Natural resources are even scarcer. We live on a finite planet. If we keep going like we're going, there will be no planet left for the children.

The market is not the answer, that should be clear to most by now. People are the answer. We need a planned economy based on an explicit mission, principles, strategies, and tactics.

I'm a Work kin for peace and cooperation.

With much love and care,

Mike Morin
Mike said:

Resources are scarce and people must stop using them the way they are.

That articulation of 'someone else is responsible' and 'resources are scarce' is common among those concerned with social and environmental justice - and what I am saying is that it is these assumptions that keep us from exercising our own power to create the world we want.

In fact, those things that people need to thrive - food, clothing, shelter, education and health care, are not scarce. The reason these basic things are not available to everyone is that the market is incapable of producing abundance. It is not that we need to replace the market with something else, it is that we need to add additional systems to accomplish that which the market cannot. And this is a three dimensional view of the world in which every one gets to make their own decisions . . .

How Humans Came to Live in Peace and Plenty
First of all, you misquoted me, took my words out of context.

You seem to have a US-Centric worldview that is short-ranged and not consistent with the concerns of sustainability and equity. Perhaps, I am mis-understanding thee.

If food, clothing,shelter, health care, and education are not scarce then they are mal-distributed and are often oriented towards the wrong mission, principles, goals, strategies, tactics, and beneficiaries.

Capitalism and supply-side economics has produced an abundance, an over-abundance in some "markets", but a scarcity in others. Market economics and particularly supply side market economics are particularly irrational and inequitable in the way that they distribute goods and services. It is also unsustatinable both from an economic and natural resource standpoint.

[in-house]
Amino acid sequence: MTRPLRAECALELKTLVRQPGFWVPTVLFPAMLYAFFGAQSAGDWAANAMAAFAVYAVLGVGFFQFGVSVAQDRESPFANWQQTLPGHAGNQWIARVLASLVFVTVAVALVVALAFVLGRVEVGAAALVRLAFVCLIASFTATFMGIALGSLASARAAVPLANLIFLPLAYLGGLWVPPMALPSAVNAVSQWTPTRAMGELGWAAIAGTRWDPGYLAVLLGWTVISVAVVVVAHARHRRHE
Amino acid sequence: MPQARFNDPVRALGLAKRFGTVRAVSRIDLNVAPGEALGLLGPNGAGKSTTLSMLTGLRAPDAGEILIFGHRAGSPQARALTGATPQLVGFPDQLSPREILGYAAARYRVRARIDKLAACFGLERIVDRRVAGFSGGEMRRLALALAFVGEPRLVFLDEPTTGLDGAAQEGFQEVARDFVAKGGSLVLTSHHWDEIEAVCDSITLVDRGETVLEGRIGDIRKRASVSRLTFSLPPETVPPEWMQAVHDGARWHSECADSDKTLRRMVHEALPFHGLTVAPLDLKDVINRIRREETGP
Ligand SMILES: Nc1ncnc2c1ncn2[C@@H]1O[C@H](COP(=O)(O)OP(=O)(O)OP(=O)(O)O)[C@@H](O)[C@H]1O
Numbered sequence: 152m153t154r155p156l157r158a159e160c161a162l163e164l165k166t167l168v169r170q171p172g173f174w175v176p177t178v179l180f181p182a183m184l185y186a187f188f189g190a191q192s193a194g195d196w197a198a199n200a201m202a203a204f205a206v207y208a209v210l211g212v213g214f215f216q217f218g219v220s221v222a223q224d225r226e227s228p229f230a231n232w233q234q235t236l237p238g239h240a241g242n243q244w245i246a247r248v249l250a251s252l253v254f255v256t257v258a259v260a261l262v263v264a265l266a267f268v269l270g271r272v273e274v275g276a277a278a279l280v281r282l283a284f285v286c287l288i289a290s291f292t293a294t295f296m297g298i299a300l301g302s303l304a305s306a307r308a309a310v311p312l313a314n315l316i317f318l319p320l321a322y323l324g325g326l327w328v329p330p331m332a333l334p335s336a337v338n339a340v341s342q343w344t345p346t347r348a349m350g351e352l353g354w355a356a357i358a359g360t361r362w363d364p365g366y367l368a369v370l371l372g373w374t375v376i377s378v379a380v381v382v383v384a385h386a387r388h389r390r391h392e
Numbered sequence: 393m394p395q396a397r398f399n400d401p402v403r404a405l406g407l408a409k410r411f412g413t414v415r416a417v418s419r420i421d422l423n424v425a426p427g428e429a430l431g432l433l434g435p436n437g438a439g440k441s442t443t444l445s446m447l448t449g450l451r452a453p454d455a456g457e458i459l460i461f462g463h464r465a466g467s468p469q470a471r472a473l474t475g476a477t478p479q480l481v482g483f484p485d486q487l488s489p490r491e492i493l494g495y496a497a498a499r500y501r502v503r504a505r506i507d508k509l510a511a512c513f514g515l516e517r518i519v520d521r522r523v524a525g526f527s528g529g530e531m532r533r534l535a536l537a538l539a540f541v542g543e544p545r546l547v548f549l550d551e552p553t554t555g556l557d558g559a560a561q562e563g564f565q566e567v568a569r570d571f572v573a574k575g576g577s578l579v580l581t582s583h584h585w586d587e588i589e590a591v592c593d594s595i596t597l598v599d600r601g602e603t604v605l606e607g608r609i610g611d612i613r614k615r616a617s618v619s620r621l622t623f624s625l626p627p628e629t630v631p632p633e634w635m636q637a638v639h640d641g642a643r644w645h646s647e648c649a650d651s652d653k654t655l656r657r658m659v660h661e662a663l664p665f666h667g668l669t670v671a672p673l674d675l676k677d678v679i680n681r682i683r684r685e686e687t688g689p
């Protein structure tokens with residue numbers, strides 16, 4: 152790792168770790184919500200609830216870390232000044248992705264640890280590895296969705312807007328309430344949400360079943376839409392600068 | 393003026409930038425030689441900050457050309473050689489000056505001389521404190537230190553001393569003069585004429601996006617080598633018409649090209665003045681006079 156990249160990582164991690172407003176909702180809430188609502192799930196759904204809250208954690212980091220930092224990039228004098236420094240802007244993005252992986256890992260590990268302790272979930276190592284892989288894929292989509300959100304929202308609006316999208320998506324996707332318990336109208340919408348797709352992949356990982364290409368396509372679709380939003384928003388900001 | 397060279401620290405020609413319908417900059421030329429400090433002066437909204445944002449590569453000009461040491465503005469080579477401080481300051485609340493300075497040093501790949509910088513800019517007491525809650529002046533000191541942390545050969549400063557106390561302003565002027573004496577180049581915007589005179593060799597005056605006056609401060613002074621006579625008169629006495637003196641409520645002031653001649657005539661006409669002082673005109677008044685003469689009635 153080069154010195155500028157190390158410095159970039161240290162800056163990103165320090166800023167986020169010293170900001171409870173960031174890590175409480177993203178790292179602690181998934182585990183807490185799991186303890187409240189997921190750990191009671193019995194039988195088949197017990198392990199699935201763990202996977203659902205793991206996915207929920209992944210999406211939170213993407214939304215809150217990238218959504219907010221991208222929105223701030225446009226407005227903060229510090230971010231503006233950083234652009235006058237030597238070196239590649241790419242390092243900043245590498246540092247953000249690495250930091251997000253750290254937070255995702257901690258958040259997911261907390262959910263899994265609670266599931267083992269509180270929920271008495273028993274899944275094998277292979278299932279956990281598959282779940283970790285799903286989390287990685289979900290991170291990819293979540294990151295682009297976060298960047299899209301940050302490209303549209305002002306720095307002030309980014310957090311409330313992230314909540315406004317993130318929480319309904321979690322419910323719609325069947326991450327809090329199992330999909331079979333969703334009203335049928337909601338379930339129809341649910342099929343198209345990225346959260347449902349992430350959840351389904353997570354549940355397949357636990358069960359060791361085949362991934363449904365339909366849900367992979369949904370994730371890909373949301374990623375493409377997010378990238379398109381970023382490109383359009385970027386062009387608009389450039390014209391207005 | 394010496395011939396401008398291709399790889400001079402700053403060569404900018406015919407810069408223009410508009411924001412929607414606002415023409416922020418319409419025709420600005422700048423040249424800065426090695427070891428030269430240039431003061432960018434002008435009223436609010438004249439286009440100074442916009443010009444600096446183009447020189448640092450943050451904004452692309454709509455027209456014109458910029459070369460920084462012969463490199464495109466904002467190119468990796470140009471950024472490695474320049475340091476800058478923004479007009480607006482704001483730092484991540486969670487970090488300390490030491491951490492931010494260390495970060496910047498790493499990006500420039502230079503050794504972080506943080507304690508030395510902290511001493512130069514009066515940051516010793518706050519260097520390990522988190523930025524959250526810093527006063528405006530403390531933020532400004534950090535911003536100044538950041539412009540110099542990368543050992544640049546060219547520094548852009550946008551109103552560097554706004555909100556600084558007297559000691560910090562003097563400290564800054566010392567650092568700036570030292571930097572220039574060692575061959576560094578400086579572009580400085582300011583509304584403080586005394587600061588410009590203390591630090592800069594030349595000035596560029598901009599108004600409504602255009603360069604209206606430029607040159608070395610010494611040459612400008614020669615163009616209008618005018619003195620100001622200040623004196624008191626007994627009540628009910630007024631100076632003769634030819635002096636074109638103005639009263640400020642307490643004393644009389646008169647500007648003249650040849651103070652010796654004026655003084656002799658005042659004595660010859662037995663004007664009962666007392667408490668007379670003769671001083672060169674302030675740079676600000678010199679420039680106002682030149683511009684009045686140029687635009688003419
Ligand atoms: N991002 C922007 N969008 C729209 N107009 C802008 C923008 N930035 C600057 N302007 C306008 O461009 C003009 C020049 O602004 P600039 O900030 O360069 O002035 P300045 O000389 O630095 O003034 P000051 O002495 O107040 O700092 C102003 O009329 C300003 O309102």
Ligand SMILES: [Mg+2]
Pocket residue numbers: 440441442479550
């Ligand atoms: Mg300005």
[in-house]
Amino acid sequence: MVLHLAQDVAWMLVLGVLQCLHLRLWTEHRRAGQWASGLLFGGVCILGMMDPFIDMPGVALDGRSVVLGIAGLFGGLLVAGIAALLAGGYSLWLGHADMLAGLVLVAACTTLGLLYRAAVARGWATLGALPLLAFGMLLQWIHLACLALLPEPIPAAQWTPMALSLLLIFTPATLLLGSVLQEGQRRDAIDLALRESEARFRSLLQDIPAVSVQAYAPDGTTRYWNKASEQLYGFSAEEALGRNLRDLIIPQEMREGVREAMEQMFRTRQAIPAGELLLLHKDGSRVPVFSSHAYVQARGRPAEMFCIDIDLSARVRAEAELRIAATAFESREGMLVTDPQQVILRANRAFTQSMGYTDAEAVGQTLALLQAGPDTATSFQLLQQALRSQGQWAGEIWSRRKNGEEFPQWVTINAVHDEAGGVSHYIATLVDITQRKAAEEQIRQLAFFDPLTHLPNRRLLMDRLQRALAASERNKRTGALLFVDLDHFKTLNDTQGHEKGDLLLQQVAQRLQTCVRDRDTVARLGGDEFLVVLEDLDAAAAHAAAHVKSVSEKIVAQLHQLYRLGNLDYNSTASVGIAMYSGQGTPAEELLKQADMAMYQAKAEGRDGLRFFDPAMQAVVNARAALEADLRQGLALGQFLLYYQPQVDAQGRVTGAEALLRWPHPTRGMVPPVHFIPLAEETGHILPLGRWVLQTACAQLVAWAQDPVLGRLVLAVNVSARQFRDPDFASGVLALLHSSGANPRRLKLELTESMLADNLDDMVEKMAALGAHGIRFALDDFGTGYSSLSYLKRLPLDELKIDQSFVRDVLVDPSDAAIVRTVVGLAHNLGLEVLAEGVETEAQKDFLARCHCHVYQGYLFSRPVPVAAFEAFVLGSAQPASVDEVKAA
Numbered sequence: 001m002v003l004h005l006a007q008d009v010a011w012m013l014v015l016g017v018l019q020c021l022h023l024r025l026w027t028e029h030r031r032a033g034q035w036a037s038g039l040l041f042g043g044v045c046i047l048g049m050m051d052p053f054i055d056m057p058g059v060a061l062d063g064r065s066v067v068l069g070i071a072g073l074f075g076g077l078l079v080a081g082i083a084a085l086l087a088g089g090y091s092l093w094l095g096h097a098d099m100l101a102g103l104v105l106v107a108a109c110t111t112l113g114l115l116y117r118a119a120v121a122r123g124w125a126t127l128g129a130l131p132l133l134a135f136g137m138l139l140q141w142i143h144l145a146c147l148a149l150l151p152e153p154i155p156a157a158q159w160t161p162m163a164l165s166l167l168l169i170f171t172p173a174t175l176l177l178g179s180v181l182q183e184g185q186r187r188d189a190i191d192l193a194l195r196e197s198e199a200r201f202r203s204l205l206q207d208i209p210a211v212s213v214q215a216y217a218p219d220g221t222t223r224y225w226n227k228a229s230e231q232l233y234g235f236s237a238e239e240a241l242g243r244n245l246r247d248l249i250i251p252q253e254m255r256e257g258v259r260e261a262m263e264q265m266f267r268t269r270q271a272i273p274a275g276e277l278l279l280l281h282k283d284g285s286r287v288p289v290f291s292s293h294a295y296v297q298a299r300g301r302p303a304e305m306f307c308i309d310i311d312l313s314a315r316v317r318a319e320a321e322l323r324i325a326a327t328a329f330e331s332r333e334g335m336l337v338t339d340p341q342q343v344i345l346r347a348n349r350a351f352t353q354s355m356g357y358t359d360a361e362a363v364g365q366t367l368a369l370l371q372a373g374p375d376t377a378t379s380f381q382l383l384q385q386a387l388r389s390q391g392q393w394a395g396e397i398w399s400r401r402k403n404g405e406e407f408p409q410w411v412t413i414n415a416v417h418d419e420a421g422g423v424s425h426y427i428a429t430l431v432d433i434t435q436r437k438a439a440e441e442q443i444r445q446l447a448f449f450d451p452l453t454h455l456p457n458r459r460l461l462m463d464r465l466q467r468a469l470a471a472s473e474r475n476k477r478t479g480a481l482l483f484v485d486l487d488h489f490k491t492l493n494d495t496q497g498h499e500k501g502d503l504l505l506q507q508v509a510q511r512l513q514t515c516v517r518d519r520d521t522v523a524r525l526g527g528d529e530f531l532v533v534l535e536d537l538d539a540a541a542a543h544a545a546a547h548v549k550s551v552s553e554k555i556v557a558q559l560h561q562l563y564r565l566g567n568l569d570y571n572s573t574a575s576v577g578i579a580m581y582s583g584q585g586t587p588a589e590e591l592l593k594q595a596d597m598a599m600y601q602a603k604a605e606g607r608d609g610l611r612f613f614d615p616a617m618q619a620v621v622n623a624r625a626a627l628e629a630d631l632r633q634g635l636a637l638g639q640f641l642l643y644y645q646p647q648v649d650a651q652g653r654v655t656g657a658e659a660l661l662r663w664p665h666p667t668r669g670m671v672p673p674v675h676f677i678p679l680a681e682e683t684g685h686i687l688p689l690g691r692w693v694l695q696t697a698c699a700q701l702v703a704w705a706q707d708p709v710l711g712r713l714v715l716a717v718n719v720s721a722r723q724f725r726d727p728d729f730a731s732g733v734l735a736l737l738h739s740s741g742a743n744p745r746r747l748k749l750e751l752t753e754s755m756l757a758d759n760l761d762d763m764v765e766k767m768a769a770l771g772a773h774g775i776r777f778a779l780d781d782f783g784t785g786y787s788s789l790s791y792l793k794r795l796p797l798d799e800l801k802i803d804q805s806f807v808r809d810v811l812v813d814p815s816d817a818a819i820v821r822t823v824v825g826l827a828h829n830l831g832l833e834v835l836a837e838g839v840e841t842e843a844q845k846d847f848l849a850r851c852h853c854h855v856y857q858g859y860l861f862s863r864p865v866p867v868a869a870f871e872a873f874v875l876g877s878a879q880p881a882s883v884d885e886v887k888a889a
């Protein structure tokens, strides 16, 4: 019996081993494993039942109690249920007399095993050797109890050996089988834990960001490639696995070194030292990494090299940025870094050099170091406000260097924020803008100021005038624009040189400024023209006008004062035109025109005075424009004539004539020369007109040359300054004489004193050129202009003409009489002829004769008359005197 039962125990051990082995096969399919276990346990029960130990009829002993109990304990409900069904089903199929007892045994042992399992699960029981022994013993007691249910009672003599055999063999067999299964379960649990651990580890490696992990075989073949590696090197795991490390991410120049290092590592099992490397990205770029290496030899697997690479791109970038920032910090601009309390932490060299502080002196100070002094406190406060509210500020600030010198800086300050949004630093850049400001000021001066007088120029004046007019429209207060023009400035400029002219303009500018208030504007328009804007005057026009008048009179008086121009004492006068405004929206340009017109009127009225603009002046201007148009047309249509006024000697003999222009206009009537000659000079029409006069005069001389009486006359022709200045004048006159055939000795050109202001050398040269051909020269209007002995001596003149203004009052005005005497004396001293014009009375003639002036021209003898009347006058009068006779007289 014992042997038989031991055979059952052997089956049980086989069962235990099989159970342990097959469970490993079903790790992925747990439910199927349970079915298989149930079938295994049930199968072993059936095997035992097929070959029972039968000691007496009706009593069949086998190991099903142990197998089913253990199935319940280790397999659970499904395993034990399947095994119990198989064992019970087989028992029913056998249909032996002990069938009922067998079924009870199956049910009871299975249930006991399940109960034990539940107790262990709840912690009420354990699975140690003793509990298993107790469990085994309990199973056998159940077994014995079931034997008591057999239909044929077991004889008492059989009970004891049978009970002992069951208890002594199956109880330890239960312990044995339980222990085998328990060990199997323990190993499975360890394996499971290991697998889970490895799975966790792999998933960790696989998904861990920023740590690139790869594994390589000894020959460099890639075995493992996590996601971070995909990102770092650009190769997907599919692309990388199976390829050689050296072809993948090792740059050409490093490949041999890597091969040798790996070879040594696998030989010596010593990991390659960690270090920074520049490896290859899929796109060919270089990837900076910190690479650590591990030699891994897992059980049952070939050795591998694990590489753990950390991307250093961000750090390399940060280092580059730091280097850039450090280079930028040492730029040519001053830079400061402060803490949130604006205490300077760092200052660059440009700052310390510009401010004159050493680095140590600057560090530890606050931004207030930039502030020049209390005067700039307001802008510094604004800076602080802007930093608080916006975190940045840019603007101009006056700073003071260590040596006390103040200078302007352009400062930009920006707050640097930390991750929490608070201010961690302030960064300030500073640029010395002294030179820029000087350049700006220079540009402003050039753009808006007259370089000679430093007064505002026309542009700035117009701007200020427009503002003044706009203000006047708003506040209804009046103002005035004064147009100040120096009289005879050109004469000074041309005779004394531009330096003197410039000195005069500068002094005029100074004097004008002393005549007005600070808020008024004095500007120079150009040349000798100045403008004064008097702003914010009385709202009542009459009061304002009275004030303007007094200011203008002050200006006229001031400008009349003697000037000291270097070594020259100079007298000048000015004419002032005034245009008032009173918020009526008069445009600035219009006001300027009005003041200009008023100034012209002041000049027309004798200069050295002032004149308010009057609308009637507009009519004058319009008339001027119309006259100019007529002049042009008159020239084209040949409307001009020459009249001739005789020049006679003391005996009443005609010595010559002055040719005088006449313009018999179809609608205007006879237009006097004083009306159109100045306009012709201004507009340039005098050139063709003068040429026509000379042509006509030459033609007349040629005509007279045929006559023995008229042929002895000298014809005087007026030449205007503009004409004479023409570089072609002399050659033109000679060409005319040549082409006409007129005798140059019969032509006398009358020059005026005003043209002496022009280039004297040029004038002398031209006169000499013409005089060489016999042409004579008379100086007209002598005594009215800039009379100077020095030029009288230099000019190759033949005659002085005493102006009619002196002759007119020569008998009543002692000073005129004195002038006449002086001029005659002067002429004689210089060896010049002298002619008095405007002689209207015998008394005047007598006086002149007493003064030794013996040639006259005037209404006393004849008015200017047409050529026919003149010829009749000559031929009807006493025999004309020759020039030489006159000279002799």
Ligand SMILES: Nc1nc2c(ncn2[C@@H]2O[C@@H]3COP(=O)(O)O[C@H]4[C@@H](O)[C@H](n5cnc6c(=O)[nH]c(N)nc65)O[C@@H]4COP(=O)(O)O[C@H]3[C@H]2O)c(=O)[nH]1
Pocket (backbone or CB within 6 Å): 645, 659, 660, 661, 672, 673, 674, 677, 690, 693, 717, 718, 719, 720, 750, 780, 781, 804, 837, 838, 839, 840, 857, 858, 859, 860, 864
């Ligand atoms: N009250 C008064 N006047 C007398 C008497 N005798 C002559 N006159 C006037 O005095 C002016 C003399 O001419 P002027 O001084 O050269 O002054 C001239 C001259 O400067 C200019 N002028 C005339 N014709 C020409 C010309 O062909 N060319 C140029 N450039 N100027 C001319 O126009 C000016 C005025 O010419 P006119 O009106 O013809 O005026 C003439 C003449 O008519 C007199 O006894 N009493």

Mike Morin
I do not mean to mis quote you - I do want to challenge your conception about why basic necessities are "mal-distributed". It is not that someone else is intending to deprive others - we are all just doing the best we can defending our own bridges. The best we can do - looking out for the interests of our selves and our "group" - operating in the first and the second dimensions - leaves out certain people, plants and creatures.

Those left out have the potential to contribute value to the system. In two dimensions we call this (unused human and biological potential) poverty and environmental degradation and treat it as a problem instead of as a resource. I am suggesting that it is not about changing the way the existing system works - it is about implementing new systems to realize that unused human and biological potential.
So, what can we do ???
Just keep watching people killing people ??
Interesting point you show, but a bit pessimistic, you know.
Yes, we agree almost totally.

There is only point on your last post that I would try to clarify.

David Braden wrote:

I am suggesting that it is not about changing the way the existing system works - it is about implementing new systems to realize that unused human and biological potential.

Mike Morin responds:

It is about both. It is first important to conceptualize the alternative, but then we must also come up with strategies that meet the mission and goals that EVERYBUDDY wins.

With much love and care,

Mike Morin